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Only 20 percent of a message’s impact actually comes from the content of words. Another 25 percent comes from the use of your voice, and a resounding 55 percent comes from the impression made by your physical presence and surroundings. There are many situations in which sending an e-mail, texting, or making a phone call are either acceptable or the only option available for communicating. However, when looking to do more than just an information exchange, make the investment to have a personal meeting.
A face-to-face meeting allows you to use all your senses and experience how the person responds to requests and demands that are made. It enables you to make a judgment about the character of the other person and read his or her body language through facial expressions, hand movements, office environment, breathing pattern, and handshake.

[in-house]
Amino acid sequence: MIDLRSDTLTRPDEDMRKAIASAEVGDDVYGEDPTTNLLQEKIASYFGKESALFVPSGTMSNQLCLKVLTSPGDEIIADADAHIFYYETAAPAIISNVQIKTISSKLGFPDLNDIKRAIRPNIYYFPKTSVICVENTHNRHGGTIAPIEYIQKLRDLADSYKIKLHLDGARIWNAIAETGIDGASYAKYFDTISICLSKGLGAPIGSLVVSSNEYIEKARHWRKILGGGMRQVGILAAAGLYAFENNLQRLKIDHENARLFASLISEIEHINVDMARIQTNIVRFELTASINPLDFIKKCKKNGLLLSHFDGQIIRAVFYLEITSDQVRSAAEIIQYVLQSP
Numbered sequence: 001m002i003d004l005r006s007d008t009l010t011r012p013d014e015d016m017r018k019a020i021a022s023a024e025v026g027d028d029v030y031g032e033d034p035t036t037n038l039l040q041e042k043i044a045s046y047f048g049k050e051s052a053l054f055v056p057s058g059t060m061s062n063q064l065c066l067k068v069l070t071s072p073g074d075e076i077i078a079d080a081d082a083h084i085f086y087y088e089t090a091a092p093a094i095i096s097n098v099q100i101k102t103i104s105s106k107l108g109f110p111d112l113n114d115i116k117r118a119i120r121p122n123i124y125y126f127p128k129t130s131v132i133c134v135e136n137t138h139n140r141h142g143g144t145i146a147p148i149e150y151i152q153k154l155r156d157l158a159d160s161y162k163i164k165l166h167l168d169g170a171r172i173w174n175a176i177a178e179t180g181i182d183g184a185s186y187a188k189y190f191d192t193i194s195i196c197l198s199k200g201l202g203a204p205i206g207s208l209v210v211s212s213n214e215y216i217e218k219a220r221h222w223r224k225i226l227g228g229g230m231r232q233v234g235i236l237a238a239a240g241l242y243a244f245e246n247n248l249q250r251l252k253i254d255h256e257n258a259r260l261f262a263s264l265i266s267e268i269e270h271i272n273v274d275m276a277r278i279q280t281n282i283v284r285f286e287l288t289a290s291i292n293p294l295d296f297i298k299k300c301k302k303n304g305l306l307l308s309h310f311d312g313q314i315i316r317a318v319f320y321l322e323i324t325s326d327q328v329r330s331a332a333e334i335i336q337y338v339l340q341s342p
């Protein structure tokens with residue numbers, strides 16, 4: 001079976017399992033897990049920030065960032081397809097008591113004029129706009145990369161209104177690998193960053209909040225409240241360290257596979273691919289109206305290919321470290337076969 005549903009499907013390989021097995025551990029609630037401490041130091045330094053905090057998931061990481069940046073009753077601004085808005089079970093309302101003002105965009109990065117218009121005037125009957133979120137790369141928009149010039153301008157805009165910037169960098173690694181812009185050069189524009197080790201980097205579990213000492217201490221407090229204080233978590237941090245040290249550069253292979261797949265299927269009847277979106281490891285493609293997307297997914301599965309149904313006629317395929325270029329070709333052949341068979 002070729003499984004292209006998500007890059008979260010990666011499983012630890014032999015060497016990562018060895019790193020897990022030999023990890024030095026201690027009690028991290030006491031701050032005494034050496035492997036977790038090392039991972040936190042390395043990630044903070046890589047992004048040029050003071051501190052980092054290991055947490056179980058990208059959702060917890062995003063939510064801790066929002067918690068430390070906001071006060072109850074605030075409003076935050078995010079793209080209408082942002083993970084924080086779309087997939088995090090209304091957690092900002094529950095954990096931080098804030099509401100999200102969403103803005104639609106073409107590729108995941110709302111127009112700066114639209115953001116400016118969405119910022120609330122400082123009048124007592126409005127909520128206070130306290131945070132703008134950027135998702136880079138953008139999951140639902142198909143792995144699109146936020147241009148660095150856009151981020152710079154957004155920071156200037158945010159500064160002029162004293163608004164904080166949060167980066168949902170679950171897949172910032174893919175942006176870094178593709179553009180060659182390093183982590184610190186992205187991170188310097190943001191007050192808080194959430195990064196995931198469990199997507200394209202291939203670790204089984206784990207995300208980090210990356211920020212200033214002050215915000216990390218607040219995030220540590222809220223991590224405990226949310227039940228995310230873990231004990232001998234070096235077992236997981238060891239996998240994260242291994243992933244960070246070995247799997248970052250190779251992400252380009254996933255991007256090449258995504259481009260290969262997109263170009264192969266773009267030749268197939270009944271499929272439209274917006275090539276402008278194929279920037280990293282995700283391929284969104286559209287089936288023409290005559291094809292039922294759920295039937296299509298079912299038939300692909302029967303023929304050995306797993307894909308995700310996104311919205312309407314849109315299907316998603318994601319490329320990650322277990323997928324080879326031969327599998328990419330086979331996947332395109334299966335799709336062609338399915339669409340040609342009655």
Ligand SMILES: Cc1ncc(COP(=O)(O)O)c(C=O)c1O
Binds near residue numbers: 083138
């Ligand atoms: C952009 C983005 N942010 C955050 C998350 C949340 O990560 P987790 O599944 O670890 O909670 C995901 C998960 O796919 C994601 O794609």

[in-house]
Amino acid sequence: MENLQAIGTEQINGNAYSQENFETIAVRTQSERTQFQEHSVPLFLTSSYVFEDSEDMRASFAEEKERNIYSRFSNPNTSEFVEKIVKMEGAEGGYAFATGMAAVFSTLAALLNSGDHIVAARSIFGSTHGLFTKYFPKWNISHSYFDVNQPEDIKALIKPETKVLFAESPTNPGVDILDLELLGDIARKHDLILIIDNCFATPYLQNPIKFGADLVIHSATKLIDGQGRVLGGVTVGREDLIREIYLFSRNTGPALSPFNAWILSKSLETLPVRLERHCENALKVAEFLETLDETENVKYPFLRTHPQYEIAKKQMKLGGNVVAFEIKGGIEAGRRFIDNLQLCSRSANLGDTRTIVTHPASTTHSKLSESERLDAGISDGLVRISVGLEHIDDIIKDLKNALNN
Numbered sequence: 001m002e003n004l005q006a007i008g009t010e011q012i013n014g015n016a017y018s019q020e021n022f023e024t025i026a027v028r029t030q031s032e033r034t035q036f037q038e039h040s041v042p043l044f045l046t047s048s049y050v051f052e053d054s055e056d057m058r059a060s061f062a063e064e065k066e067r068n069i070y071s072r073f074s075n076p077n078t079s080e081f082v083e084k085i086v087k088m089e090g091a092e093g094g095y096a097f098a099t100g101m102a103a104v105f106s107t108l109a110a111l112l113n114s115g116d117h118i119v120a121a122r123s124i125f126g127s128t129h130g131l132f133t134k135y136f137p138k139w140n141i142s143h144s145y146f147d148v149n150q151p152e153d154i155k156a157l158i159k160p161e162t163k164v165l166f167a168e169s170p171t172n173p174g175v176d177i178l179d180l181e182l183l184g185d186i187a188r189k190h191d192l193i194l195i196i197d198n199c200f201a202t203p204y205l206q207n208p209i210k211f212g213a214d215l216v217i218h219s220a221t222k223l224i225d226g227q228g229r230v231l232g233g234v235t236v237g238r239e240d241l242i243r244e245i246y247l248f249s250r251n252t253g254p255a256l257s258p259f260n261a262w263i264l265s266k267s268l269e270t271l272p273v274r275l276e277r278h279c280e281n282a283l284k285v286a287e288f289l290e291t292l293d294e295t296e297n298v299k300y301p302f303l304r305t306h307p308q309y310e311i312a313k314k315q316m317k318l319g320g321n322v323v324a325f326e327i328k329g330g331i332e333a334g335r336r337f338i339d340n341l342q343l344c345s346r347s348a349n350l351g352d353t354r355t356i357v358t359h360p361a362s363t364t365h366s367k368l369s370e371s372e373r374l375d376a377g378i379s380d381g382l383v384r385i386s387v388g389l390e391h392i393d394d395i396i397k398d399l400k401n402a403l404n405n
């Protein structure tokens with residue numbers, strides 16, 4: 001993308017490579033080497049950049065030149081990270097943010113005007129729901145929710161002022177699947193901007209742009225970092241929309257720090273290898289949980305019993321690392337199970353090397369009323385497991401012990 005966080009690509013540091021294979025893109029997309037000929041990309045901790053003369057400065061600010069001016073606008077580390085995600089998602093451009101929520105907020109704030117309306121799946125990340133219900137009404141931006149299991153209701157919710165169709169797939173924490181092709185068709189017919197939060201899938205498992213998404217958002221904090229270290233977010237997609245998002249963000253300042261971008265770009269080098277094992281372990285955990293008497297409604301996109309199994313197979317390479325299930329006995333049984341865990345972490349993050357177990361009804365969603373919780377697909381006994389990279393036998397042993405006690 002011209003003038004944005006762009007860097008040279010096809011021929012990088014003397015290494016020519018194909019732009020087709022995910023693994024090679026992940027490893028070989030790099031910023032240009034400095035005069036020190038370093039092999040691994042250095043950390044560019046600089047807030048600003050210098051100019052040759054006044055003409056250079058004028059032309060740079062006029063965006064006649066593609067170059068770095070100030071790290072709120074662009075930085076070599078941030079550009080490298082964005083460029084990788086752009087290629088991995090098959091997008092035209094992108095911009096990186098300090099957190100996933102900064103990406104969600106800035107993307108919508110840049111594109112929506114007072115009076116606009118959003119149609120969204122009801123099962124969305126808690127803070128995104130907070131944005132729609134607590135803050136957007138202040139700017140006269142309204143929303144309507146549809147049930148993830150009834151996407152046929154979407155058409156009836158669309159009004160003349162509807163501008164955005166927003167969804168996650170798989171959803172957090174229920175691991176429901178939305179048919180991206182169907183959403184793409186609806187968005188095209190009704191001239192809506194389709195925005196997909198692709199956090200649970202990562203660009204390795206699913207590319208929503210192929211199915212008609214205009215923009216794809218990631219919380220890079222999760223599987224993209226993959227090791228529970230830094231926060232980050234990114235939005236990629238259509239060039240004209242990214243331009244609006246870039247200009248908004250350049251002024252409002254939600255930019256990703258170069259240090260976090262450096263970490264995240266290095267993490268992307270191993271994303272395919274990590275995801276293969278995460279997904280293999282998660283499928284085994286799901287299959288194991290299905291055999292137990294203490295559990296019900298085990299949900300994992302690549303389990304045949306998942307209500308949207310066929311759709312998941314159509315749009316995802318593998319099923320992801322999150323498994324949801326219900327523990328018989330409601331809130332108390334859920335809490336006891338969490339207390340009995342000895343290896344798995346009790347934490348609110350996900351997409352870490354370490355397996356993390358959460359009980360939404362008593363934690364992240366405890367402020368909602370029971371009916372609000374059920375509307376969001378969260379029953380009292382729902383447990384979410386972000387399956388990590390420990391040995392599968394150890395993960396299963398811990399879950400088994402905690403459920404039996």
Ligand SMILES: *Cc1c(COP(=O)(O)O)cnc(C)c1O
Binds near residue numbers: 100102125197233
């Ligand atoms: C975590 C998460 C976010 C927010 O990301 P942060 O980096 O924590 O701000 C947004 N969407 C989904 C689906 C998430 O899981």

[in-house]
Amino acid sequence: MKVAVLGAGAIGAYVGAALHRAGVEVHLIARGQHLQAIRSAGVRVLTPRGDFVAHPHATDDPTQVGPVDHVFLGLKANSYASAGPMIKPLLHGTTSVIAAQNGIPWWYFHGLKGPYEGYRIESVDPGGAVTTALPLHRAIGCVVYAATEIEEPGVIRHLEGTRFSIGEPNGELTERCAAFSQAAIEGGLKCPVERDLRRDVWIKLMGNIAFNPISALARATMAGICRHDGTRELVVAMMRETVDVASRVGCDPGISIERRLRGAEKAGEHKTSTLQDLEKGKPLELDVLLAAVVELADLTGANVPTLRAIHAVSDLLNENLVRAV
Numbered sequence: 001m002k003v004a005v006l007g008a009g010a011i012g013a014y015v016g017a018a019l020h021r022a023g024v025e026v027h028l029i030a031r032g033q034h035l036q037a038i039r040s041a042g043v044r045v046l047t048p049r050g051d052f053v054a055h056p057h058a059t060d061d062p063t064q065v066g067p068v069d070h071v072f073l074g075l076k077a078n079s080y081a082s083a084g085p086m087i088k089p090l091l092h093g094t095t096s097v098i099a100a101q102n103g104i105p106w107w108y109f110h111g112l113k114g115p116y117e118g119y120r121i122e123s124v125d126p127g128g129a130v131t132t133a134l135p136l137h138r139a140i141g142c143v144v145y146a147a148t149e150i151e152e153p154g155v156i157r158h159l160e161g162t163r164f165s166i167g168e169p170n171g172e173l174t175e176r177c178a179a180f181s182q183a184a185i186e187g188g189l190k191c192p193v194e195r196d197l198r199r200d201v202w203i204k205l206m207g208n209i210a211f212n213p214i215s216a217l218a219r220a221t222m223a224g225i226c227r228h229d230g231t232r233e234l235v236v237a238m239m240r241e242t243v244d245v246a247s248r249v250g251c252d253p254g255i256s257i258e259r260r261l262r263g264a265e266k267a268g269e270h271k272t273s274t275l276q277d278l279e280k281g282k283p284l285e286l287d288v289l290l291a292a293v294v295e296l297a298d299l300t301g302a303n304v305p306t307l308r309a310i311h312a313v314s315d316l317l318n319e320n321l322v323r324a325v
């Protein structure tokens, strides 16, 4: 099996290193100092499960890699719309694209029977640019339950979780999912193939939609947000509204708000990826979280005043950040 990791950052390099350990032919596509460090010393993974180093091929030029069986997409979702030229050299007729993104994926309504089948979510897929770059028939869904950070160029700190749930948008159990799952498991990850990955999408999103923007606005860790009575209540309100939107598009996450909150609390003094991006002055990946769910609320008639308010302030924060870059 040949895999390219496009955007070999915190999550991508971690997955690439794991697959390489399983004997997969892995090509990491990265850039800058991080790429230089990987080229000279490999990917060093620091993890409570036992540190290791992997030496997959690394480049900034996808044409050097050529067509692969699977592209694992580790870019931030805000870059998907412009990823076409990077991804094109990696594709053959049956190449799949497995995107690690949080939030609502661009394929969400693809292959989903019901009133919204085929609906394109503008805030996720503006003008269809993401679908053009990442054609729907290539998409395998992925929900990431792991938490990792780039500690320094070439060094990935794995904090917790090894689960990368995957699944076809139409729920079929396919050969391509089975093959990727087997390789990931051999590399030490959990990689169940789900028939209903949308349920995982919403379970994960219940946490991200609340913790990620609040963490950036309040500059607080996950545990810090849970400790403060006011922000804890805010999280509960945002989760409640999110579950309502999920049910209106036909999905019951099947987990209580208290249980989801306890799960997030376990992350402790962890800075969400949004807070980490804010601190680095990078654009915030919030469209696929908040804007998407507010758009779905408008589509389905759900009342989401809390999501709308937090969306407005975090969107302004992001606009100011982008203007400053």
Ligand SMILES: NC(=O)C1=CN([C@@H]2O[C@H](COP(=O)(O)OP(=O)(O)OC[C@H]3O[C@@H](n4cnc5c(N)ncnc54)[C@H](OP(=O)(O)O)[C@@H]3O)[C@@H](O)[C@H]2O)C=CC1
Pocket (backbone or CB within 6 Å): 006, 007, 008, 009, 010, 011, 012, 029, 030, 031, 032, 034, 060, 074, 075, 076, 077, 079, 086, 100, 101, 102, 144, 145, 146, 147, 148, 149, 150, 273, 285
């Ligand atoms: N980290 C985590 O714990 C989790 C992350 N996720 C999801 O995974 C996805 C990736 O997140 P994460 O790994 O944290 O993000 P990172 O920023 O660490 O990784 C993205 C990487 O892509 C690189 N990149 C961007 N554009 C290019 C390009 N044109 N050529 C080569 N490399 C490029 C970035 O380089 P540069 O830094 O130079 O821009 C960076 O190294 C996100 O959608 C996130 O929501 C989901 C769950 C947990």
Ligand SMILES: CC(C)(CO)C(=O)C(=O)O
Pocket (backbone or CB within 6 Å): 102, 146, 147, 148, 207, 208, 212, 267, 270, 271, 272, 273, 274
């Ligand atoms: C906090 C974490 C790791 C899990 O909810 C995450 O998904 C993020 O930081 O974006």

Consider the example of giving constructive feedback to an employee who is constantly forgetting to show up to important meetings. Since the worker is on another floor, you might be tempted to call or send an e-mail to find out why this keeps happening. However, both methods would most likely lead to misinterpretations.
By showing up in person and using visual cues, you’ll have a much better chance of solving the problem. Is the employee’s work station extremely messy? Does the worker just need a calendar? Maybe the individual is completely overloaded with work and you need to hire extra help. Talking in person makes almost every situation easier to interpret and will go a long way in helping you make better management decisions and become a more powerful leader.
Center of Negotiation at Copenhagen Business School
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